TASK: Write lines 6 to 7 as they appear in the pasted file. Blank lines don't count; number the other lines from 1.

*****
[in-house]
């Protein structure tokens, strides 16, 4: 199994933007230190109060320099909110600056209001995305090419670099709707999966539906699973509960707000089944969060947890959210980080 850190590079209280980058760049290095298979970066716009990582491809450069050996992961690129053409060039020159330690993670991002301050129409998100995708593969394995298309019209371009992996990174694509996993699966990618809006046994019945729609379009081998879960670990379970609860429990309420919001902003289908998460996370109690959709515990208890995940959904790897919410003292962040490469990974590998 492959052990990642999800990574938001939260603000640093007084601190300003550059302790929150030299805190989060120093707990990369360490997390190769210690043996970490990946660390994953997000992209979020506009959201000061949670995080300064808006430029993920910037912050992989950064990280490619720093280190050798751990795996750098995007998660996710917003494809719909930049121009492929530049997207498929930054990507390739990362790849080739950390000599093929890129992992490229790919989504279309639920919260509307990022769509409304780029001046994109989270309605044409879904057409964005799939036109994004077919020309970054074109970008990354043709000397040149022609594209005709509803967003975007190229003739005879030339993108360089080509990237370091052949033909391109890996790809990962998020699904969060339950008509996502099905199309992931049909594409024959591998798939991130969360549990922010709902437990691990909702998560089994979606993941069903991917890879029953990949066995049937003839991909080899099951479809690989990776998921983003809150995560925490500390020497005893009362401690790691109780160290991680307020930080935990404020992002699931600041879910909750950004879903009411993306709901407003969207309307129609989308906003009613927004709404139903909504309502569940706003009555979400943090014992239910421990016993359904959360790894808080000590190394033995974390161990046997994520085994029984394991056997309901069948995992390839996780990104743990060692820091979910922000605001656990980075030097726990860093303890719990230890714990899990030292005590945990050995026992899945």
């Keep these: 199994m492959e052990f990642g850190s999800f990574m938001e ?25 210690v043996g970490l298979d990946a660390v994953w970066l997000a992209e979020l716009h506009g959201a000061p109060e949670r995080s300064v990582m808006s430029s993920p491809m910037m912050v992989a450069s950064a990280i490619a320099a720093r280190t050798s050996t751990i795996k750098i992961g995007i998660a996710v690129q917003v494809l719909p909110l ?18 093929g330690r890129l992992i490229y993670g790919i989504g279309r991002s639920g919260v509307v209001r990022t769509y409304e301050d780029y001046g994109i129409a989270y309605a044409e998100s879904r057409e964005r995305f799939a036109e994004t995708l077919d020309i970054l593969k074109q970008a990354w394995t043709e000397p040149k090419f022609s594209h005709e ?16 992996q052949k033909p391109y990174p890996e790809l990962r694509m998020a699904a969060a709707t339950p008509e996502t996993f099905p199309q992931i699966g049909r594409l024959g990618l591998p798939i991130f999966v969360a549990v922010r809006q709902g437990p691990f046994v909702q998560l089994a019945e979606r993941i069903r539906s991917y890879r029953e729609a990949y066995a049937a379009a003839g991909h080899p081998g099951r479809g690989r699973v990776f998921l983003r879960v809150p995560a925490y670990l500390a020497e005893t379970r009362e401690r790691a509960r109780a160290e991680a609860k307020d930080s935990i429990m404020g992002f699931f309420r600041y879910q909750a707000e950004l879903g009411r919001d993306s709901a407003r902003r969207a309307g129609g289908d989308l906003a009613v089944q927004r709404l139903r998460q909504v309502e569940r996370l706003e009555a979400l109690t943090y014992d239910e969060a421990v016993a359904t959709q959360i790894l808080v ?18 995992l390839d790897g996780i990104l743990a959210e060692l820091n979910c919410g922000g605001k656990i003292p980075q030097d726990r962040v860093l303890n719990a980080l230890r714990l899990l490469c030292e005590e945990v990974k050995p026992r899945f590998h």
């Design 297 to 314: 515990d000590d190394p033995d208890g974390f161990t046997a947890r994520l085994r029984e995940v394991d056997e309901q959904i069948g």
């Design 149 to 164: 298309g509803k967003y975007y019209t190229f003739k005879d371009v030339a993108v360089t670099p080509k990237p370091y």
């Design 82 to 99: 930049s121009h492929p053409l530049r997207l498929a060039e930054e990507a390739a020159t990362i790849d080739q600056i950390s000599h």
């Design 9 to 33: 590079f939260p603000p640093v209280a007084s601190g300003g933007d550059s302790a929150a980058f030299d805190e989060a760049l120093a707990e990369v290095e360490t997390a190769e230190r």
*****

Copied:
């Design 82 to 99: 930049s121009h492929p053409l530049r997207l498929a060039e930054e990507a390739a020159t990362i790849d080739q600056i950390s000599h």
């Design 9 to 33: 590079f939260p603000p640093v209280a007084s601190g300003g933007d550059s302790a929150a980058f030299d805190e989060a760049l120093a707990e990369v290095e360490t997390a190769e230190r």